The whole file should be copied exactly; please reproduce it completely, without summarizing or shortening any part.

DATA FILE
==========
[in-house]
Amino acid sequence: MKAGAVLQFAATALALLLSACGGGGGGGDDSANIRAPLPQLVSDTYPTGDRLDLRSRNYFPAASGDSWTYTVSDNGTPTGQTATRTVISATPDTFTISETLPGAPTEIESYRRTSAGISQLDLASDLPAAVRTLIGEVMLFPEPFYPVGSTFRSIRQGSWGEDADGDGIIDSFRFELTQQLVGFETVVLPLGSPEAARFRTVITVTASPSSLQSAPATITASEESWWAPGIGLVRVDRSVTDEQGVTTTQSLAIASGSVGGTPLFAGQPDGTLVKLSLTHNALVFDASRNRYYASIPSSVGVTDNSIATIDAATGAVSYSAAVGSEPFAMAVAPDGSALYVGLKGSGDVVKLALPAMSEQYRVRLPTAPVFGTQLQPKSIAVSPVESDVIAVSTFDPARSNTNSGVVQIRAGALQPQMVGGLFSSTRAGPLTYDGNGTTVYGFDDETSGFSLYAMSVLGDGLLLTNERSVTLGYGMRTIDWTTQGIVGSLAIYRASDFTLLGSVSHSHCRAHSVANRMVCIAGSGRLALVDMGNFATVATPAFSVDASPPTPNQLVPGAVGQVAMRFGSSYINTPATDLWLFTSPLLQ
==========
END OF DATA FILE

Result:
[in-house]
Amino acid sequence: MKAGAVLQFAATALALLLSACGGGGGGGDDSANIRAPLPQLVSDTYPTGDRLDLRSRNYFPAASGDSWTYTVSDNGTPTGQTATRTVISATPDTFTISETLPGAPTEIESYRRTSAGISQLDLASDLPAAVRTLIGEVMLFPEPFYPVGSTFRSIRQGSWGEDADGDGIIDSFRFELTQQLVGFETVVLPLGSPEAARFRTVITVTASPSSLQSAPATITASEESWWAPGIGLVRVDRSVTDEQGVTTTQSLAIASGSVGGTPLFAGQPDGTLVKLSLTHNALVFDASRNRYYASIPSSVGVTDNSIATIDAATGAVSYSAAVGSEPFAMAVAPDGSALYVGLKGSGDVVKLALPAMSEQYRVRLPTAPVFGTQLQPKSIAVSPVESDVIAVSTFDPARSNTNSGVVQIRAGALQPQMVGGLFSSTRAGPLTYDGNGTTVYGFDDETSGFSLYAMSVLGDGLLLTNERSVTLGYGMRTIDWTTQGIVGSLAIYRASDFTLLGSVSHSHCRAHSVANRMVCIAGSGRLALVDMGNFATVATPAFSVDASPPTPNQLVPGAVGQVAMRFGSSYINTPATDLWLFTSPLLQ